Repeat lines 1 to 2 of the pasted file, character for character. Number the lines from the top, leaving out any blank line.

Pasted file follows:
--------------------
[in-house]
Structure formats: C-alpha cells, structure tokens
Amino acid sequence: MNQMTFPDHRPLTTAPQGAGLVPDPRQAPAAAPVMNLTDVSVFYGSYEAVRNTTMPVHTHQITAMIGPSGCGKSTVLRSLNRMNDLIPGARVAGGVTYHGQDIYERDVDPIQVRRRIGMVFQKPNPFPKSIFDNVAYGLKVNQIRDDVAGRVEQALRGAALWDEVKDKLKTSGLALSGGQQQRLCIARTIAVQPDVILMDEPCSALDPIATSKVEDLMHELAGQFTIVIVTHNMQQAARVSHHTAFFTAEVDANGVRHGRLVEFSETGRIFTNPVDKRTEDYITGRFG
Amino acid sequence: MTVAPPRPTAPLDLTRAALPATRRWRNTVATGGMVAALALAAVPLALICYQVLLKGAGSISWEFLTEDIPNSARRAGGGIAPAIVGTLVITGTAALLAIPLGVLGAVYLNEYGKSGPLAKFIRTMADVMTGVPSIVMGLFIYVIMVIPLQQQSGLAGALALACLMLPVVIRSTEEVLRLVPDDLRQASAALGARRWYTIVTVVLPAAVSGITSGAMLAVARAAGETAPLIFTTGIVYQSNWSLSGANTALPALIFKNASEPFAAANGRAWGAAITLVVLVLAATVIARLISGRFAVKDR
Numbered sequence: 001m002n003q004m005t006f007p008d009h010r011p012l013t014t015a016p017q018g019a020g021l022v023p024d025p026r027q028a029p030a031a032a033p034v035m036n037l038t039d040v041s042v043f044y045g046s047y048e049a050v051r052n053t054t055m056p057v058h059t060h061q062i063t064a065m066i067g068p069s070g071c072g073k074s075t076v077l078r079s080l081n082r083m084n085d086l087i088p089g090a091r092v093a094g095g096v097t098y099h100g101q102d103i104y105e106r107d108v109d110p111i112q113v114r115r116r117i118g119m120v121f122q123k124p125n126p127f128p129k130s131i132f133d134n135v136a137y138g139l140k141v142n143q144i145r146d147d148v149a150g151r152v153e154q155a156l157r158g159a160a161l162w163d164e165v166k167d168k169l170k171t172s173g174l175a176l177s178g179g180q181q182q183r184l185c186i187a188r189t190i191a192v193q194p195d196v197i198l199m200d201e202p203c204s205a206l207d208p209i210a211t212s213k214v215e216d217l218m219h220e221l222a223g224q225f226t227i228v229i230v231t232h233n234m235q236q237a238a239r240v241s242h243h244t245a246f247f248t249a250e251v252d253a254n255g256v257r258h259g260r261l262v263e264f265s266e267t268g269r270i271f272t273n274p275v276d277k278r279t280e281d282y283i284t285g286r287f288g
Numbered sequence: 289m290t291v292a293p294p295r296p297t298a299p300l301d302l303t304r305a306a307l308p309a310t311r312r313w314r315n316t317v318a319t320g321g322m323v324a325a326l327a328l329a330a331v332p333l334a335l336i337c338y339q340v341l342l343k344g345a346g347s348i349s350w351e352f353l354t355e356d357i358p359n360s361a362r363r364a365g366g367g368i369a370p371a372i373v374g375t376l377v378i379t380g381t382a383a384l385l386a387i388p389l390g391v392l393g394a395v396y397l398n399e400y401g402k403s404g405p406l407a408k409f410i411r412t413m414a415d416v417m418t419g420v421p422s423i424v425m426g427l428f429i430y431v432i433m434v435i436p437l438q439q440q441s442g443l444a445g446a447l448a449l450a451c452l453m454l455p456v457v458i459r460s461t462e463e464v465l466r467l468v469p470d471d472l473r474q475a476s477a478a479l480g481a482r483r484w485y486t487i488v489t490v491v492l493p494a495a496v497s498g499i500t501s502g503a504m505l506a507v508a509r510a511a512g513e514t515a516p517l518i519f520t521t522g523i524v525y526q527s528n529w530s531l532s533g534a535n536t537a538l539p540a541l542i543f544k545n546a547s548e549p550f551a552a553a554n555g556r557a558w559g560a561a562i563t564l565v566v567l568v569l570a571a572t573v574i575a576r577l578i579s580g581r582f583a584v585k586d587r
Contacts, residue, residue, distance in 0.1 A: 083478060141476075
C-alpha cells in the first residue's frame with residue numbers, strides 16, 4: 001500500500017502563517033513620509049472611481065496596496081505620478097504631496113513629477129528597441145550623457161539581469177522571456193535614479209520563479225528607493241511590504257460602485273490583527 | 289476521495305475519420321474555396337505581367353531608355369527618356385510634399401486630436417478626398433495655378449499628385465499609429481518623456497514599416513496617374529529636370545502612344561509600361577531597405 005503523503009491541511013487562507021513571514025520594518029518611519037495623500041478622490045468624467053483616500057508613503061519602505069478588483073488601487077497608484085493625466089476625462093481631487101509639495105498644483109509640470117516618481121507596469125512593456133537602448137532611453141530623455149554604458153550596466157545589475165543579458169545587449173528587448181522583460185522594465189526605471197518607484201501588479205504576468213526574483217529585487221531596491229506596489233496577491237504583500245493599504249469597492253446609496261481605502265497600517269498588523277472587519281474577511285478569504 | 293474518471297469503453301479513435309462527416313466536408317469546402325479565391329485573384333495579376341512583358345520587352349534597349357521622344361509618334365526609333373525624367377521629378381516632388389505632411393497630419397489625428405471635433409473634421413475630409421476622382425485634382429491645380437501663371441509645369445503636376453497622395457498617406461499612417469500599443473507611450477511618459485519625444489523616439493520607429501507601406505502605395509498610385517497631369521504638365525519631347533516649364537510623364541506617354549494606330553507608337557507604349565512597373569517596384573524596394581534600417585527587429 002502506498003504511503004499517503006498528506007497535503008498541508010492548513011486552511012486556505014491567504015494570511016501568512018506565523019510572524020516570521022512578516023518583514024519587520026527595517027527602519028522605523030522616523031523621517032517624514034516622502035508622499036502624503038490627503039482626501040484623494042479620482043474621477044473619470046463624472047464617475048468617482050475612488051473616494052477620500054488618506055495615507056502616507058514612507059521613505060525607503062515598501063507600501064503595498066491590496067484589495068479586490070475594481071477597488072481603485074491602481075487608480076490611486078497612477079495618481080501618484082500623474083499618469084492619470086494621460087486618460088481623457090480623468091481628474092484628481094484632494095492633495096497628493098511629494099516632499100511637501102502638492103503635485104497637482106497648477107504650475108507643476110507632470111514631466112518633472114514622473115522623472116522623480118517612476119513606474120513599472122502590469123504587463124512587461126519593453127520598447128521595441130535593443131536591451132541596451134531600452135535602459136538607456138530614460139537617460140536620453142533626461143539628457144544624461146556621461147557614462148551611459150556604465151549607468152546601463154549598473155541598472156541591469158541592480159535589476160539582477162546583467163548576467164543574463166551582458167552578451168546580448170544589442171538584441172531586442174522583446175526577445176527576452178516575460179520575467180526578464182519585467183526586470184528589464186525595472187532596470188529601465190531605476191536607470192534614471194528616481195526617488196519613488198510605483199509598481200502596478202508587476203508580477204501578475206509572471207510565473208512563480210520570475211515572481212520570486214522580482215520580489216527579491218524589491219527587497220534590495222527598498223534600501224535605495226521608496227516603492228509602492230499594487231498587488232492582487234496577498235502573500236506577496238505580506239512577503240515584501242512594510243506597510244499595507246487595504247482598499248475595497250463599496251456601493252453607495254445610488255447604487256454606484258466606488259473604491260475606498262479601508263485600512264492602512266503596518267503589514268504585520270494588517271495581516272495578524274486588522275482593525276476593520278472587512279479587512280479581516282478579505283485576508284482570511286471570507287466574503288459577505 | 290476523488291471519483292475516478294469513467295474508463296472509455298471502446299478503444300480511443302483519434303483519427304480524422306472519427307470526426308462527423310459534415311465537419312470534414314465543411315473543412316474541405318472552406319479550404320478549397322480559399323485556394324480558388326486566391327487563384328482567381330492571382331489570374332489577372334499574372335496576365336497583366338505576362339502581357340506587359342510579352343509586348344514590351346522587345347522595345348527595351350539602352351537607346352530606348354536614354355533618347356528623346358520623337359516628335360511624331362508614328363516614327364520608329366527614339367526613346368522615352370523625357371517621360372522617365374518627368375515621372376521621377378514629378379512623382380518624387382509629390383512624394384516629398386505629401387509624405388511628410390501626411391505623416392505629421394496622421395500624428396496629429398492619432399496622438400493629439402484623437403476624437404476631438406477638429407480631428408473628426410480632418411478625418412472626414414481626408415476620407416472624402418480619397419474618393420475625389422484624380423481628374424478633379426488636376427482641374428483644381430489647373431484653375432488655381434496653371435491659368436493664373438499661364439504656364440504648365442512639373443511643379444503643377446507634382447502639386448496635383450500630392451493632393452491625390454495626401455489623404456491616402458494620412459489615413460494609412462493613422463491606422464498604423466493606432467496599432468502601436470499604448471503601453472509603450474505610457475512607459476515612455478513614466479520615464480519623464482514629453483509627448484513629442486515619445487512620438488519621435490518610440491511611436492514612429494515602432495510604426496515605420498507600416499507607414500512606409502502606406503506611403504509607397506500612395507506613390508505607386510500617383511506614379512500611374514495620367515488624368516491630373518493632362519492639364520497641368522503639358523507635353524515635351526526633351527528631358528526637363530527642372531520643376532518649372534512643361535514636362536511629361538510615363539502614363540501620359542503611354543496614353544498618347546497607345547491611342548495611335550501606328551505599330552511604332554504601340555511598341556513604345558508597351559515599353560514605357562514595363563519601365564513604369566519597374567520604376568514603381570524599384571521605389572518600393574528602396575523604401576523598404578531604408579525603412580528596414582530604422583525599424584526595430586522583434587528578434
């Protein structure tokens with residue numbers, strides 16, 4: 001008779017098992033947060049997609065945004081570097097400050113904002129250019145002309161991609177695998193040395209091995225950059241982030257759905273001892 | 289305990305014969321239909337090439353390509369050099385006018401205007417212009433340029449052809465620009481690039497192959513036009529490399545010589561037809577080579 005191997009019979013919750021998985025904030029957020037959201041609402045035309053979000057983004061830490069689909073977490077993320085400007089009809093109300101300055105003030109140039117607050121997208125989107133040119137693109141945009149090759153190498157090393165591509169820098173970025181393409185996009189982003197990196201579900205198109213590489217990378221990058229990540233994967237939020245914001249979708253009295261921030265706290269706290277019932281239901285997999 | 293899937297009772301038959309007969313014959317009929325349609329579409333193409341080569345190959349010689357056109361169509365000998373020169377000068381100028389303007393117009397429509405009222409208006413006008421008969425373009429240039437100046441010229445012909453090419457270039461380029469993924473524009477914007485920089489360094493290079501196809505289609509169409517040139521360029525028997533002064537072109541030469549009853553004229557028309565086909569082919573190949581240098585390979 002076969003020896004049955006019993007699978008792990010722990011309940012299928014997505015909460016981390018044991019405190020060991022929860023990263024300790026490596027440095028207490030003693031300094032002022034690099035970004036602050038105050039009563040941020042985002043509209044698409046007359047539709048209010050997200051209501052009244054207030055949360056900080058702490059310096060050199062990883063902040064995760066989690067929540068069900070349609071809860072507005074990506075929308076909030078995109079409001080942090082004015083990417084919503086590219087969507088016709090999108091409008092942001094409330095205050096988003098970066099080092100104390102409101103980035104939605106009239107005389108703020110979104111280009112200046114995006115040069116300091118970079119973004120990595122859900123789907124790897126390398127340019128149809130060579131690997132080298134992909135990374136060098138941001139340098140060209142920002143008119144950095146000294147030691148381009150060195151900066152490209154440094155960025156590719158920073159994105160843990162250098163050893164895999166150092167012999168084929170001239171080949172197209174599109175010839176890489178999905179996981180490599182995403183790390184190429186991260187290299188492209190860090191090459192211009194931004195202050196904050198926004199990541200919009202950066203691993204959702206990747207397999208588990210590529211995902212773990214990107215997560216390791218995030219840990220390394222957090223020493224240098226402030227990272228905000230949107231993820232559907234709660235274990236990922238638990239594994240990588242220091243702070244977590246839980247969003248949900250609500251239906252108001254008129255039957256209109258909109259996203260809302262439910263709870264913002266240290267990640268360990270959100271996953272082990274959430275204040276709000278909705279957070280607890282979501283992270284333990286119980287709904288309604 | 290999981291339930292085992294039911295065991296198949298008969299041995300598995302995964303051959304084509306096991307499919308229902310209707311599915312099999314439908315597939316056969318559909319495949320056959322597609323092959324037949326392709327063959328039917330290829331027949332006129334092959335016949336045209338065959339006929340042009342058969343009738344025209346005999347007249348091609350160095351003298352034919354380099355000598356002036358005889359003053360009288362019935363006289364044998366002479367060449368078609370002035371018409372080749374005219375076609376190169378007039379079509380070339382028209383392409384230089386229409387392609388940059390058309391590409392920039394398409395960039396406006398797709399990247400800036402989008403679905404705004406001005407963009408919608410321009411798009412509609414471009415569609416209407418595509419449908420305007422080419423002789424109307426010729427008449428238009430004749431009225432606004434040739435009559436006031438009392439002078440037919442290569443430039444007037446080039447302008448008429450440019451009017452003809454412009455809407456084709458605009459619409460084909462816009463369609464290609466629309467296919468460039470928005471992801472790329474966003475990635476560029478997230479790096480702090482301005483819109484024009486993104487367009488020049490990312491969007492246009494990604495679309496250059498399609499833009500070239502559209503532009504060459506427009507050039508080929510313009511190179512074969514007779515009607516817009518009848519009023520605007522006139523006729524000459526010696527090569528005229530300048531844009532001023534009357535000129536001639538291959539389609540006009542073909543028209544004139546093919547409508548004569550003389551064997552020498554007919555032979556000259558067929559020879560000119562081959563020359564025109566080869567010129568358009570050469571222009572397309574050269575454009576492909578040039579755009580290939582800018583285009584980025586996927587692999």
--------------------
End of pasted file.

[in-house]
Structure formats: C-alpha cells, structure tokens